Merchants interested in hiding their activities might do this. However, legitimate businesses probably would not. If you are a bank and the FBI shows up at your door, you could offer them a copious supply of logs, or you could tell them that you do not keep records.
Legitimate businesses are concerned about the privacy and security of their customers. Banks are required to keep certain records, but other businesses only need to keep the records required for accounting.
As long as the business keeps the lawful minimum records, the FBI cannot shut down their legal business, without a court order. They can record cash amounts, without necessarily recording any Bitcoin IDs or IP addresses.
In the real world, there are plenty of places you can pay cash, and the date, time, amount of cash you paid and the thing you bought is the only record they'll keep.
What do you think happens when Bitcoin payment terminals start appearing at stores?
You don't care which ones are real - you just care about every account that the money touched. You then monitor them all until you link one to an account you know the owner of, and then you can start tracing backwards in the real world.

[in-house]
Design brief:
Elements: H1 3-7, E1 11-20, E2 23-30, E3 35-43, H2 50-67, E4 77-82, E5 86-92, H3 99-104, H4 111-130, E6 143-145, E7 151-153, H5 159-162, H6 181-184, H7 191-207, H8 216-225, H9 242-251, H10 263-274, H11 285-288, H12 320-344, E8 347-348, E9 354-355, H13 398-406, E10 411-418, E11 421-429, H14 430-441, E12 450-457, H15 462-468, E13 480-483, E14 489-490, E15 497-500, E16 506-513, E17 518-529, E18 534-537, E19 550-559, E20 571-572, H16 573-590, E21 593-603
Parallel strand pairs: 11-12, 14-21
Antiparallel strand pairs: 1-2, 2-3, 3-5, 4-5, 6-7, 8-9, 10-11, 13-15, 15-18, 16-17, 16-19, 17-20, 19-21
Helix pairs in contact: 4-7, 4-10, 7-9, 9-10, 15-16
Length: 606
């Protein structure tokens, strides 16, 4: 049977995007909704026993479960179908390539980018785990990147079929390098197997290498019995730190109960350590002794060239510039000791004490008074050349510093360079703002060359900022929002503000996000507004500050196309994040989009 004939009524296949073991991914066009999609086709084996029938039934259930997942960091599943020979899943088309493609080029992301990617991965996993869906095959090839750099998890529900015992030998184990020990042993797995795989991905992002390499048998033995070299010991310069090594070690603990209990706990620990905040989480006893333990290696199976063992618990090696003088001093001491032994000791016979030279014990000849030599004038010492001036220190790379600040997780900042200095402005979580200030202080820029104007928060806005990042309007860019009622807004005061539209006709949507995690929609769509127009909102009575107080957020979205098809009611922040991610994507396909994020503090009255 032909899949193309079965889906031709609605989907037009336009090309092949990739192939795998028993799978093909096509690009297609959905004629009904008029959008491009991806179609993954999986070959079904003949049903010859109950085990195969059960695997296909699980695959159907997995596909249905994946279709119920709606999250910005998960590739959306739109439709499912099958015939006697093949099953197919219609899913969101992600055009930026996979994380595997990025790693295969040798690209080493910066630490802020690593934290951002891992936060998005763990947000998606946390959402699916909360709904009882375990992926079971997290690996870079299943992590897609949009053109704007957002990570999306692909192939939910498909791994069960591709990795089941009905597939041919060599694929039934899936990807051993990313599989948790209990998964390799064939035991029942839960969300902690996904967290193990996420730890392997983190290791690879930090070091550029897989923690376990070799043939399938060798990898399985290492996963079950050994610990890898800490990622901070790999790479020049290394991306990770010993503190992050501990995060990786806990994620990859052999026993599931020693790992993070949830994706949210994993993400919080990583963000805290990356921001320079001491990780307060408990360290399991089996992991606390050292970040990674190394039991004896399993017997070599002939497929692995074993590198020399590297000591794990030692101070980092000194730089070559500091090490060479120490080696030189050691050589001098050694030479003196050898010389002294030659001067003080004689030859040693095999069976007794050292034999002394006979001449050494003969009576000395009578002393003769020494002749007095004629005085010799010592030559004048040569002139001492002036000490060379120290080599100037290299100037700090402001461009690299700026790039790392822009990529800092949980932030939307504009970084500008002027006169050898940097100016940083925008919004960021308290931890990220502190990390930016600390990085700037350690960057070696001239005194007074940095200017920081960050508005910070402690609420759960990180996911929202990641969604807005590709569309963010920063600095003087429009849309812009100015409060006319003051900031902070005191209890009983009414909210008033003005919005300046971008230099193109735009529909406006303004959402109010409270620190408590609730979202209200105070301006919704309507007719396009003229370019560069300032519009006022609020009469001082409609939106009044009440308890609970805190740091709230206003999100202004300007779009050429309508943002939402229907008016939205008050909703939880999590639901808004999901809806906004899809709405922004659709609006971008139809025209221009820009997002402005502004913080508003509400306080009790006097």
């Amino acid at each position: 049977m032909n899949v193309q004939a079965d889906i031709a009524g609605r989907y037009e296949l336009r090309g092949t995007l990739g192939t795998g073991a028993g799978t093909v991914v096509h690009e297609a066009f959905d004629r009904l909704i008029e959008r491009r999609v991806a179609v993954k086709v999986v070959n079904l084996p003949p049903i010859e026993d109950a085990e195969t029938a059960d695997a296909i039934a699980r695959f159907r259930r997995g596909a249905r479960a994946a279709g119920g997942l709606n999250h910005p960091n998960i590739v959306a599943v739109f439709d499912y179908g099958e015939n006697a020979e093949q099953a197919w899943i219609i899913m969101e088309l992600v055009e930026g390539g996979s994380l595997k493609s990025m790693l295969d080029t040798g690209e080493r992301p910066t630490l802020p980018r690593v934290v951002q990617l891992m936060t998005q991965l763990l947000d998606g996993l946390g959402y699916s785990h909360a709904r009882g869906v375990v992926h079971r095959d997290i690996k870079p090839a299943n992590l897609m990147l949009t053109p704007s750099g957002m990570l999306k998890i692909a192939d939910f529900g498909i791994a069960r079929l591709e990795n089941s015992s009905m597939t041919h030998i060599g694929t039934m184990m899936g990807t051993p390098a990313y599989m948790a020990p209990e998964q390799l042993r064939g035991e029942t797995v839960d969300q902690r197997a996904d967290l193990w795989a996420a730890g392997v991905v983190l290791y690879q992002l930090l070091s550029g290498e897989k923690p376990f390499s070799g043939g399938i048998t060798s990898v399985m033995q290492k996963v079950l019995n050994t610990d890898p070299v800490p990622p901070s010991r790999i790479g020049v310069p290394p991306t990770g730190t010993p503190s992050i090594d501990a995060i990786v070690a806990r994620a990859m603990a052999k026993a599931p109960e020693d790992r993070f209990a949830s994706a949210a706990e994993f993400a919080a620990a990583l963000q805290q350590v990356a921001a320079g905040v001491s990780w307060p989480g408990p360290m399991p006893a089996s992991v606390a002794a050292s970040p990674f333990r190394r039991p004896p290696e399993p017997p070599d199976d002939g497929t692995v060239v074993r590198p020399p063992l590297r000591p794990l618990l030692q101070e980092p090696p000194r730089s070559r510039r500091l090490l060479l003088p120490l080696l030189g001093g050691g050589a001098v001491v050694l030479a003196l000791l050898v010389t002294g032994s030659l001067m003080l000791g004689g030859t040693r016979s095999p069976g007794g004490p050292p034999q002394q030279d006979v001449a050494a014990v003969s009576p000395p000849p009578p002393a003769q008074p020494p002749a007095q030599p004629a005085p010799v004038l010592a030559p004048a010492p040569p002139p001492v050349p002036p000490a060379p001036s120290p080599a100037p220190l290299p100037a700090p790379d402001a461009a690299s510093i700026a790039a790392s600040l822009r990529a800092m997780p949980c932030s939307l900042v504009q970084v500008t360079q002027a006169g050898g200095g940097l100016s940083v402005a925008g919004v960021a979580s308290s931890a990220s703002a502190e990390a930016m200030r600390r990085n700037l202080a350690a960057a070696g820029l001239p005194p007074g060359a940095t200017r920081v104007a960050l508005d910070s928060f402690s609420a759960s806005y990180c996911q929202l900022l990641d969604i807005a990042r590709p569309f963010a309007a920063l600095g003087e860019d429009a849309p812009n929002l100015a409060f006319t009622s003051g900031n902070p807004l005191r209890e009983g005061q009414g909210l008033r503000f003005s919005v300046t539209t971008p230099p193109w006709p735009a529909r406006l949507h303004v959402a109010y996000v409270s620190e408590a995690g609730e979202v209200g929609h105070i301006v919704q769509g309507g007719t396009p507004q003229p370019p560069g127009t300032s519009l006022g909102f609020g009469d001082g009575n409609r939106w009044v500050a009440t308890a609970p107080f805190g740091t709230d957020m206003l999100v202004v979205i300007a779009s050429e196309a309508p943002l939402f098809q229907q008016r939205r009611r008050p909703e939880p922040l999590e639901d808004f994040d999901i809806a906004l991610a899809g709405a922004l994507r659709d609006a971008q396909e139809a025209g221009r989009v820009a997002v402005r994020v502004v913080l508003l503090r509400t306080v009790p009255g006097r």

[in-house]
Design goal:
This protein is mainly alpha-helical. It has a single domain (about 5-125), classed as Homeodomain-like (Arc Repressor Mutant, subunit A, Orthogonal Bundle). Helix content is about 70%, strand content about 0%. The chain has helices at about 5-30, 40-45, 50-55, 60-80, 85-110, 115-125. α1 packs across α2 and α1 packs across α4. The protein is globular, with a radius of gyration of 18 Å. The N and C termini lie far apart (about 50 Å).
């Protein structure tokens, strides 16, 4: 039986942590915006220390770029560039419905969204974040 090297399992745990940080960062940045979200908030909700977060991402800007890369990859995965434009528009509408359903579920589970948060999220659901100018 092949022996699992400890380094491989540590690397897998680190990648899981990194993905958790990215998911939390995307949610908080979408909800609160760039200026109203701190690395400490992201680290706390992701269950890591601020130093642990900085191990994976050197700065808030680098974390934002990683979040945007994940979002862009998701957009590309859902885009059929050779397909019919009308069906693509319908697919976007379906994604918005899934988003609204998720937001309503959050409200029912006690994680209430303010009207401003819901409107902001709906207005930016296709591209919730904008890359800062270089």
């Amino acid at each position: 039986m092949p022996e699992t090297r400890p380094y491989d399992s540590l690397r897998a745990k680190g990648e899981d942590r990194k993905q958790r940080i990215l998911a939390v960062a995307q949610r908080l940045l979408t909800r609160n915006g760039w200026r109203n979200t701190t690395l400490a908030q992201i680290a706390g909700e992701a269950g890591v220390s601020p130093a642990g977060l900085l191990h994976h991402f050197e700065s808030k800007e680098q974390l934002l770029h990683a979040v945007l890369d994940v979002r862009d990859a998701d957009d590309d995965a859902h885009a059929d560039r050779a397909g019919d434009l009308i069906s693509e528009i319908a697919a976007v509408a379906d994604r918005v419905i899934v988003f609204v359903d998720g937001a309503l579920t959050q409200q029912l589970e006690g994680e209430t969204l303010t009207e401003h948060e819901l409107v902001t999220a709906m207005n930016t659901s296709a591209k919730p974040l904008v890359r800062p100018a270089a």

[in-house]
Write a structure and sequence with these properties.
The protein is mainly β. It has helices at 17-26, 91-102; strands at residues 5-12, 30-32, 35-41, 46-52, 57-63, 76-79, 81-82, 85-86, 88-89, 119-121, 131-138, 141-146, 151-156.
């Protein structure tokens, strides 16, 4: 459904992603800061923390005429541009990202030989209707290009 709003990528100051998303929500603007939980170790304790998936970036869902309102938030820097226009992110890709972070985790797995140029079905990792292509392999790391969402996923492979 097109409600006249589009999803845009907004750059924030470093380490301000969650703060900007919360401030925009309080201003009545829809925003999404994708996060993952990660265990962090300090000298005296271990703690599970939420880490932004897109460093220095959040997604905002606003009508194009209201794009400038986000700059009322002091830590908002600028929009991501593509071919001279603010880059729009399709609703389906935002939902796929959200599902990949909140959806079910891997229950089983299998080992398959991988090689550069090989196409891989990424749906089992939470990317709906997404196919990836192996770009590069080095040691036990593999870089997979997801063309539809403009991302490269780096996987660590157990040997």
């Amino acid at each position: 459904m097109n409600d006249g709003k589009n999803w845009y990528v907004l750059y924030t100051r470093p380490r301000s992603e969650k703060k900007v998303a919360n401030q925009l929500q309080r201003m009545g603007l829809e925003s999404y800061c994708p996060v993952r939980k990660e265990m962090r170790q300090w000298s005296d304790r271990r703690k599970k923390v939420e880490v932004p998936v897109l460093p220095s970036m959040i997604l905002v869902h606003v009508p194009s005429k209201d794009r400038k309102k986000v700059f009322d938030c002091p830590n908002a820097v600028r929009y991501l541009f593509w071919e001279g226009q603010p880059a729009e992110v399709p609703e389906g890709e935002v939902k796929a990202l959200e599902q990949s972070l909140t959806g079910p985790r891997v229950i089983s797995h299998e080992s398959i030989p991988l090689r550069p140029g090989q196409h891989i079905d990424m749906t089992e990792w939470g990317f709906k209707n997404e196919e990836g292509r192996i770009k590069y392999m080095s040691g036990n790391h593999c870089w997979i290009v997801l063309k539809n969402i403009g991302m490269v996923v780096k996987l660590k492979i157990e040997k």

If every bitcoin user is generating a new Bitcoin ID to receive every spend, then the money never touches a "known" ID; since every ID it arrives at is "brand new".
It's very possible the BTC could be used to obtain virtual goods or online services, without a "real world known ID" ever involved.
The virtual goods or online services might be received, without the merchant ever gathering and keeping any details about the buyer.
The virtual goods or online services might be convertible to real cash indirectly; for example.... use BTC to buy Facebook/Twitter followers, other methods of using BTC indirectly to get cash by generating business, instead of selling BTC for cash.
There may be complicated arrangements there certain people are paid for the virtual service of receiving a virtual good, or paid a commission to act as a sender or to act as a receiver in a "blind handoff".
There are plenty of ways of disposing BTC, which do not necessarily provide a path that could be reversed from real-life
Presumably: the illicit user will buy all services using BTC, and only buy products/services that are virtual, that they can get without revealing their identity to the seller.